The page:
Anti-Inflammatory Diet for PSORIASIS
It would be great if Dr Greger could post a video or blog summary of the diet-related research surrounding PSORIASIS, particularly as there are lots of personal anecdotes linked to products (and books) for sale.
Currently, the psoriasis topic over at nutritionfacts is somewhat sparse.
It's likely that following a plant-based Anti-Inflammatory Diet will go some way to alleviating symptoms of psoriasis, but what about specific findings for specific foods ?
According to a 2017 survey of people with psoriasis, 86% reported using dietary changes to treat their condition. An anti-inflammatory diet is one that is built on a foundation of nutrient-dense whole-plant foods: vegetables, intact whole grains, nuts, seeds. Results are inconsistent ... some patients do see changes with diet, others do not see much improvement; some patients see dramatic improvement, most changes tend to be modest.
Eat: Tomatoes, green leafy vegetables, Nuts, strawberries, blueberries, cherries, and oranges
Anti-inflammatory foods are generally healthy, so it shouldn't hurt to give them a try. They include:
> Fruits and veggies, especially berries, cherries, and leafy greens
> Antioxidant-rich herbs and spices like thyme, sage, cumin, and ginger
> Seeds, and nuts
Foods to eliminate: red meat, sausage, bacon, processed meats, eggs and egg dishes, alcohol.
Gluten - Celiac disease is a health condition characterized by an autoimmune response to the protein gluten. People with psoriasis have been found to have increased markersTrusted Source for gluten sensitivity. If you have psoriasis and a gluten sensitivity, it’s important to cut out gluten-containing foods.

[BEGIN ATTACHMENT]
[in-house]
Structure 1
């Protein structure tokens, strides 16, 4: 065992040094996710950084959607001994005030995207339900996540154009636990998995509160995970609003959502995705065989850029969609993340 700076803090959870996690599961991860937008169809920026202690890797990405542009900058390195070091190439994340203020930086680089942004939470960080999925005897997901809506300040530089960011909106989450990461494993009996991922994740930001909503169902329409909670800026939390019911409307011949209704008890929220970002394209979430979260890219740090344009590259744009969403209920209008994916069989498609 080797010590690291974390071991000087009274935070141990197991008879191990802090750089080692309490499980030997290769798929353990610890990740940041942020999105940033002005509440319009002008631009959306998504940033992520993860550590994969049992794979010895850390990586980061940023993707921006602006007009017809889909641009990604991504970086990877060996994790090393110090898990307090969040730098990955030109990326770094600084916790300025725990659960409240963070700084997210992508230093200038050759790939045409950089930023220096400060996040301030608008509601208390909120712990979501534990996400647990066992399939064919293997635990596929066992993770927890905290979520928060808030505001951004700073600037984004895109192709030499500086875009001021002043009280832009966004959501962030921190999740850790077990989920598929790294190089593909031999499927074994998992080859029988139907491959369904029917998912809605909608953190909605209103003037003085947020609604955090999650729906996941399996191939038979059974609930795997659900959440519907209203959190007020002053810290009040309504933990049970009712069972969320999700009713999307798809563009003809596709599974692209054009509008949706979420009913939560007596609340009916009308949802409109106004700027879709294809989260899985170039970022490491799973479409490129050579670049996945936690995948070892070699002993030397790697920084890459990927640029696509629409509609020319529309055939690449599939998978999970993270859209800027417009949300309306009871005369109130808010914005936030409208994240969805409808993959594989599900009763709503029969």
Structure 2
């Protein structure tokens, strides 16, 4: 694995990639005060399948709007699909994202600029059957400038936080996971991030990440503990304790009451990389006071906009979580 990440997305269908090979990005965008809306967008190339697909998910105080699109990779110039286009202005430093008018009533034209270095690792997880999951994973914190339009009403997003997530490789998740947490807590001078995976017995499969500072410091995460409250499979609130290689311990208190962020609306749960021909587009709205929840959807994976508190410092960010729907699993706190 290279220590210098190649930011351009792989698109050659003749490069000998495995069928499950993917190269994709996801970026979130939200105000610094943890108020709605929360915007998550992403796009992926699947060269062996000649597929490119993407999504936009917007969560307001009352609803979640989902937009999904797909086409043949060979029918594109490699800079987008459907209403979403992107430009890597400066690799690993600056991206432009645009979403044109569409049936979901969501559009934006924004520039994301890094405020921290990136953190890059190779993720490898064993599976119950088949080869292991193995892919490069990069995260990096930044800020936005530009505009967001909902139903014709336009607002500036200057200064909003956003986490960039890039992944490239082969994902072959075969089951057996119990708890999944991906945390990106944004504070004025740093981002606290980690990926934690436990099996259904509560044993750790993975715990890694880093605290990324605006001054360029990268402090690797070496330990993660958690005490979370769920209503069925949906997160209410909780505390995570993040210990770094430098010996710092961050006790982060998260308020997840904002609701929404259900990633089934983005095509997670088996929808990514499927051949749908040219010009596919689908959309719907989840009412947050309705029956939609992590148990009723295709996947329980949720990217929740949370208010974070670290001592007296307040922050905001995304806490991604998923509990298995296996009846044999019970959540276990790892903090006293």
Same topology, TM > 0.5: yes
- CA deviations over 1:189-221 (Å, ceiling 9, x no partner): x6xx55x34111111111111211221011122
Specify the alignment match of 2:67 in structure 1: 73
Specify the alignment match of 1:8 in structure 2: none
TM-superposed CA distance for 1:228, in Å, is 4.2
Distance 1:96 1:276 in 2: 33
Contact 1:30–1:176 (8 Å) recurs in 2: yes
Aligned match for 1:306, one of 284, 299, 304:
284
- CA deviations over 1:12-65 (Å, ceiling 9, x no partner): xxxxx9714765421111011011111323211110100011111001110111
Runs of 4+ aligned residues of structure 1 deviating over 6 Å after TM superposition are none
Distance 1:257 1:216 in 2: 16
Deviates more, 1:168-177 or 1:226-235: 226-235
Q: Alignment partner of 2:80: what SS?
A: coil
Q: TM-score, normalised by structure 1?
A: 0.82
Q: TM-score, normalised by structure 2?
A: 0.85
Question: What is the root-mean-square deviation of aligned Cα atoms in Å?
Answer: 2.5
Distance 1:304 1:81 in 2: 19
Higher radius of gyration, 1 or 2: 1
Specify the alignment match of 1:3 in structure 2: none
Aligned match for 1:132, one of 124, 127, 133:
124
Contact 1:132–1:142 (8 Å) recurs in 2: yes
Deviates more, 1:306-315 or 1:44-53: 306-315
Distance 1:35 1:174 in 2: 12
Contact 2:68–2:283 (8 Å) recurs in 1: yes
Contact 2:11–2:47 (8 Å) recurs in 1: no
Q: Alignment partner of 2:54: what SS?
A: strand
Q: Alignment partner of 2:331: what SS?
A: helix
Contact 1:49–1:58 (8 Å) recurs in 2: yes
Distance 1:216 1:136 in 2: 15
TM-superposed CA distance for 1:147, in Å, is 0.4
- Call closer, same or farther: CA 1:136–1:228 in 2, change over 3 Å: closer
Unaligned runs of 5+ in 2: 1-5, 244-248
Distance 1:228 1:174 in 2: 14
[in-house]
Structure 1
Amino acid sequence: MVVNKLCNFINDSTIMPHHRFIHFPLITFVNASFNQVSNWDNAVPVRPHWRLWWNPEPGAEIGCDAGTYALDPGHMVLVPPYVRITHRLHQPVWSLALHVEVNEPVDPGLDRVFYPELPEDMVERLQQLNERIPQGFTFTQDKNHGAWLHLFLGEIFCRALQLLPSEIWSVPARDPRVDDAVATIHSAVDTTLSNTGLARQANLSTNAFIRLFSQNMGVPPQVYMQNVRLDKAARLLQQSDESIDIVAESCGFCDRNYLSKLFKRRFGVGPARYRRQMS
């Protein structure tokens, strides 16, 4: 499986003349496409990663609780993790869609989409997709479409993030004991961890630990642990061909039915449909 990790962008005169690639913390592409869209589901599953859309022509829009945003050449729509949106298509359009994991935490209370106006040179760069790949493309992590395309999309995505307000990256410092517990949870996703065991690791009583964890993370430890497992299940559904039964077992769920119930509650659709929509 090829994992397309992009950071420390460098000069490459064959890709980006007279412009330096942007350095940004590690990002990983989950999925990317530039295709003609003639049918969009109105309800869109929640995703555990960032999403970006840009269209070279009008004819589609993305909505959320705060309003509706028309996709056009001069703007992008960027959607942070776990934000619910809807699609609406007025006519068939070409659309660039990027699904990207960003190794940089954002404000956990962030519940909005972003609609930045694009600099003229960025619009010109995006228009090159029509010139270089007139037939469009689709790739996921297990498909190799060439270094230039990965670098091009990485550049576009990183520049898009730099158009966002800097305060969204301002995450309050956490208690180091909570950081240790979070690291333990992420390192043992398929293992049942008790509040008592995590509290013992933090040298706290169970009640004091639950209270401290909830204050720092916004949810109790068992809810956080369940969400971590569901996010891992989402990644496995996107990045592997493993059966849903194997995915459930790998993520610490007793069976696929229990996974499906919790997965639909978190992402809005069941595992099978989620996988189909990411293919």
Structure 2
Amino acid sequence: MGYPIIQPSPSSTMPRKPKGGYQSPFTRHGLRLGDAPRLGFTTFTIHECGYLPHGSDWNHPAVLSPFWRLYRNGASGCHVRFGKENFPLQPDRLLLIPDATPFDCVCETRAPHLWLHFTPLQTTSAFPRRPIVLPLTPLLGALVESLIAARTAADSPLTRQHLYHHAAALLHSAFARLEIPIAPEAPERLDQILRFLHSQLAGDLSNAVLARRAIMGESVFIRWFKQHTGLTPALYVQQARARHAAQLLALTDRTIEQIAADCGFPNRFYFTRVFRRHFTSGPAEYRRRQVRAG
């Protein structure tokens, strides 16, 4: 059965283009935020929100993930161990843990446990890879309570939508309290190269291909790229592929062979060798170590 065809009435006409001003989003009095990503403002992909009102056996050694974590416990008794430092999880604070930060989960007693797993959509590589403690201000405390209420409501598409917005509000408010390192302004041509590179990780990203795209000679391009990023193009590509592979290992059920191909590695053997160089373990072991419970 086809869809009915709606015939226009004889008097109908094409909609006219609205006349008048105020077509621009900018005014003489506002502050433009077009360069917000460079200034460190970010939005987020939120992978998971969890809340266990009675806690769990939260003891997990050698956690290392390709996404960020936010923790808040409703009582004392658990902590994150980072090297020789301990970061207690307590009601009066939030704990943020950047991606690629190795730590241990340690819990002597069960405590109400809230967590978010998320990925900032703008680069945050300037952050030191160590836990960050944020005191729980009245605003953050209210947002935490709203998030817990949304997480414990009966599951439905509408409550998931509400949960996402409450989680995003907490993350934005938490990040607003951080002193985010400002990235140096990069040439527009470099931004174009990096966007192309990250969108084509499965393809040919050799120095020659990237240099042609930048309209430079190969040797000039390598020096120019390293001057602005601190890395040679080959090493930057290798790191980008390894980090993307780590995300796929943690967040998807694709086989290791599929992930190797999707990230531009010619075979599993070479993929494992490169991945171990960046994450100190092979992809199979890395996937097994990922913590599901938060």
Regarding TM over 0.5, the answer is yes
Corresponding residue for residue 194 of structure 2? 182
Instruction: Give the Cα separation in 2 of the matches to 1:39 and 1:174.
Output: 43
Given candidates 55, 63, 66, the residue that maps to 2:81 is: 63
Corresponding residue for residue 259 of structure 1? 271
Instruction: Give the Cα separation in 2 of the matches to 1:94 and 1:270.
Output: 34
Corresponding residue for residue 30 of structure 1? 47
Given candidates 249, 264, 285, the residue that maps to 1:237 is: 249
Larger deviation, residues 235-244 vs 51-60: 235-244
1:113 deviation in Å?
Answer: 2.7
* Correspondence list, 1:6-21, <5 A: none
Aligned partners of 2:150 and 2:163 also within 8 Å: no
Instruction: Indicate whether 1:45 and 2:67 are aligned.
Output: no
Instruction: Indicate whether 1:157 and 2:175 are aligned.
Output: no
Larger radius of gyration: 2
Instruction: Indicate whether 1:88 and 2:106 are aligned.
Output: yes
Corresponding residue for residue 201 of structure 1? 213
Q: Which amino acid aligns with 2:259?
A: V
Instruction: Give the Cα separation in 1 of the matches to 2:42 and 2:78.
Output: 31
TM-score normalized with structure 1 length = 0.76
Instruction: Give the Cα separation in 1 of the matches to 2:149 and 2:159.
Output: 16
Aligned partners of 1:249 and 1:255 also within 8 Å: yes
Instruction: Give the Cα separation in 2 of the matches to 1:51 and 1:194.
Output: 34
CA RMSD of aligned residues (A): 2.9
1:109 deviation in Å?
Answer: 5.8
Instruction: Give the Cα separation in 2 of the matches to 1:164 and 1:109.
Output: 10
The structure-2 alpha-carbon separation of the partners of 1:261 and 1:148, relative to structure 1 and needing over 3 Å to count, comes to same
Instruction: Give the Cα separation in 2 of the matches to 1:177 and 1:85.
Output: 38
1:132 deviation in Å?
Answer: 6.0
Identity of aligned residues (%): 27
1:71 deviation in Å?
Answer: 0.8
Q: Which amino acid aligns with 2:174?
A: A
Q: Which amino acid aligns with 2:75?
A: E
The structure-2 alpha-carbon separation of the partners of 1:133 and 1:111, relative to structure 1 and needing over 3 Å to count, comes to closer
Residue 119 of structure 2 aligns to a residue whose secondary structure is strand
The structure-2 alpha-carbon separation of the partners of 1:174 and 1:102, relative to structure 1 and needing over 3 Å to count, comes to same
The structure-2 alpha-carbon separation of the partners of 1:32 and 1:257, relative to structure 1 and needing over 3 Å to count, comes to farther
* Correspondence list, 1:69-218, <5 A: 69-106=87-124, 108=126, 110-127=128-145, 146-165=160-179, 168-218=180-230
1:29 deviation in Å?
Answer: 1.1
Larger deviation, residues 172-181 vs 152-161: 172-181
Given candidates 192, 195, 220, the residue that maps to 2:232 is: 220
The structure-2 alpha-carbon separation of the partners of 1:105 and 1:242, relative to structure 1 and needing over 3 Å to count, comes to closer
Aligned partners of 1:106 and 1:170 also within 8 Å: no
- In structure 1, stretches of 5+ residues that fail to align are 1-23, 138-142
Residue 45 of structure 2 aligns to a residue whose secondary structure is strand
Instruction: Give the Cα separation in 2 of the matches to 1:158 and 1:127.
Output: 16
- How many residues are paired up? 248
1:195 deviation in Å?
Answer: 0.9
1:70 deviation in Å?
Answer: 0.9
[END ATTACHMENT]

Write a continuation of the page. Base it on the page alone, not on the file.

Foods to try eliminating: wheat, rye, barley, and malt, pasta, noodles, baked goods, processed foods (especially those high in sugar, salt, and fat), sauces and condiments, beer and malt beverages.
Nightshades - commonly reported trigger - Nightshade plants contain solanine, which has been known to affect digestion and may be a cause of inflammation.
Foods to try eliminating: tomatoes, potatoes, eggplants, peppers
Approximately 2-3% of people worldwide have psoriasis, that's 125 million people (7.4 million people in the USA alone).
A roundup of the research on PSORIASIS would be interesting and particularly useful, as the web is full of personal anecdotes and miraculous snake oil solutions from people selling the 'cures'.
Obviously, plant-based whole foods can be beneficial to lower systemic inflammation, but are there any specific food-based recommendations to treat PSORIASIS that are backed up (or even hinted at) by the research ?
Psoriasis is a long-lasting, noncontagious autoimmune disease characterized by raised areas of abnormal skin. These areas are red, or purple on some people with darker skin, dry, itchy, and scaly. Psoriasis varies in severity from small, localized patches to complete body coverage.
Psoriasis affects 2–4% of the global population (6 million Americans, $30 billion/year), varying according to age, region, ethnicity, plus environmental and genetic factors. Psoriasis is associated with an increased risk of: arthritis, lymphoma, cardiovascular disease, Crohn's disease, celiac disease, ulcerative colitis, squamous cell carcinoma of the skin, cancer generally, and depression.
Research suggests that polyphenols may have beneficial effects on psoriasis. Uncontrolled studies suggest benefits from: legumes+veg+fruits+whole grains; fish oil/cold water fish/EPA/DHA; calorie restriction; EVOO.